"We are renovating Light Hall, which will be finished in August or September," Shepard said. "We have the capability of a single screen theater and a stage for small performances. It is not in my best interests to send students to Deming to see movies. We want to join an independent theater group for first-run movies. We are building from the academic and the community point of view.

"We had a swimming pool, but it was leaking 9,000 gallons of water a day," he continued. "We have 10,000 square feet, so we got approval for a recreation center. We will have two 25-meter lanes, and the deep end will be filled to 5 feet or less. That will give us 2,700 square feet of surface water, which means we can have attendants, rather than lifeguards. That way we can have great hours. The area will be surrounded by glass. The wall behind that will be a fitness center, and we will refurbish the locker room."

He said the glass is retractable and the patio is a social space. "We will have outdoor lighted basketball and sand volleyball courts. Sand volleyball is a NCAA sport for men and women. We are moving toward getting back baseball. We're doing all that now because for the fitness center, the students said they would give $10 a credit hour toward the project. Wells Fargo is loaning us the money."

Shepard continued describing the plan. "The empty lot is where the Cooler used to be. We want to build a three-story building, with a food court on the first story; areas for clubs and organizations on the second floor and the third floor will be a ballroom. We have finished Phase 1 and 2 of the Mustang Village housing, which are four bedroom and two bath units. The next phase, Building C, to be complete by fall, will be four bedrooms, with each having its own bathroom. "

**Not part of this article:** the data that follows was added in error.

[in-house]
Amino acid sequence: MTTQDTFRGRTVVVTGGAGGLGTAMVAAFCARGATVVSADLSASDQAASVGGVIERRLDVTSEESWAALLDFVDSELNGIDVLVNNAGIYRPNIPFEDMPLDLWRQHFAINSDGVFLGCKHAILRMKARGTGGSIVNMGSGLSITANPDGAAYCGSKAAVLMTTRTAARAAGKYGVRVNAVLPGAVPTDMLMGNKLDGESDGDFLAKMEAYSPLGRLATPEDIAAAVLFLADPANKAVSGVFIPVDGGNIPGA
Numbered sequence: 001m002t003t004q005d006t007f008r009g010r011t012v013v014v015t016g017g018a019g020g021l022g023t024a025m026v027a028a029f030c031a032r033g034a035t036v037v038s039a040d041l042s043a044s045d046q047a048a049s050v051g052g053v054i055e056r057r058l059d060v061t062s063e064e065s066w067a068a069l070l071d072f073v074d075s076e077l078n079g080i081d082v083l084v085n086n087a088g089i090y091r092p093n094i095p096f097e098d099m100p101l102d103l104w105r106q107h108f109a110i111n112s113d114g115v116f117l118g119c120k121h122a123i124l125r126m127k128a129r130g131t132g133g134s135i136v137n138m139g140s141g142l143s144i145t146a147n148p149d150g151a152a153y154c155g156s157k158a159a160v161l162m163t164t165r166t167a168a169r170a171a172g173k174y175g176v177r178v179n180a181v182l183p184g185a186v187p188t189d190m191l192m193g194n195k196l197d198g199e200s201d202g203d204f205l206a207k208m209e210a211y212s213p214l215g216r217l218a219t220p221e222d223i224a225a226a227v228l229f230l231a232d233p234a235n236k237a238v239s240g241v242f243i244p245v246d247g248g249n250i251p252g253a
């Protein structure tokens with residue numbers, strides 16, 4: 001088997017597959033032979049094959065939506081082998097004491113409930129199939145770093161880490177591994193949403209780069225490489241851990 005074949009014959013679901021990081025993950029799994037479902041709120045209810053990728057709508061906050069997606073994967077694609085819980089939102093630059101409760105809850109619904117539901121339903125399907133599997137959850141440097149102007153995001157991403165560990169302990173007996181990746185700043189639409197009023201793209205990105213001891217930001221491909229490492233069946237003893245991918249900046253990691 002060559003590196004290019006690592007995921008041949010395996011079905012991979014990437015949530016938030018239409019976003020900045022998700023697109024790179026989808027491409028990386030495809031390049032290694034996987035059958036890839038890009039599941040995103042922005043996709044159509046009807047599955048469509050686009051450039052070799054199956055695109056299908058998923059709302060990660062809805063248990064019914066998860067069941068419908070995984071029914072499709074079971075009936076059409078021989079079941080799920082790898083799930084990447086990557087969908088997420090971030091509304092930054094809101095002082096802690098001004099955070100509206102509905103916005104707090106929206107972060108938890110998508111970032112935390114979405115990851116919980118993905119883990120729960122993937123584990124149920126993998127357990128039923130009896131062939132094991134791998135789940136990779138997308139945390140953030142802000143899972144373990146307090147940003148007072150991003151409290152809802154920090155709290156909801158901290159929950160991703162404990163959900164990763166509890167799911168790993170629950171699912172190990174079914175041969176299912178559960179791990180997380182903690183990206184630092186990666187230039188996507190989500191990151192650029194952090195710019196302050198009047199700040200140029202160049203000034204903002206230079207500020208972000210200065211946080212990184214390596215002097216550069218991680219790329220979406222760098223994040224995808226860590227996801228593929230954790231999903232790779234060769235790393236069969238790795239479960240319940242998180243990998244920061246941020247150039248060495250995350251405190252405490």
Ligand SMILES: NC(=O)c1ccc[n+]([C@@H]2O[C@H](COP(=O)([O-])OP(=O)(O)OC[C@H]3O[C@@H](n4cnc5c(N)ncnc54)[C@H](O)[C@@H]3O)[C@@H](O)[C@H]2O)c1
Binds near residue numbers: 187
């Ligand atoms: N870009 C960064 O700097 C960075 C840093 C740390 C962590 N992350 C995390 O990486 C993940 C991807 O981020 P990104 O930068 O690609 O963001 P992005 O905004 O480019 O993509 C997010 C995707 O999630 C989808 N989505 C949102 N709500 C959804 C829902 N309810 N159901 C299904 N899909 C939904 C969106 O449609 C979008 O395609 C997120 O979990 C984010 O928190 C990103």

He said the university is also having conversations with the town, which wants to repave College Avenue. "We want it to be good for biking, skateboarding and walking. I had lunch at Diane's the other day. I was going to drive, but decided to walk. It took me seven minutes. We want to encourage pedestrian traffic."

Other conversations the university is having are around renewable energy, with maybe some photovoltaic systems and even maybe some wind energy.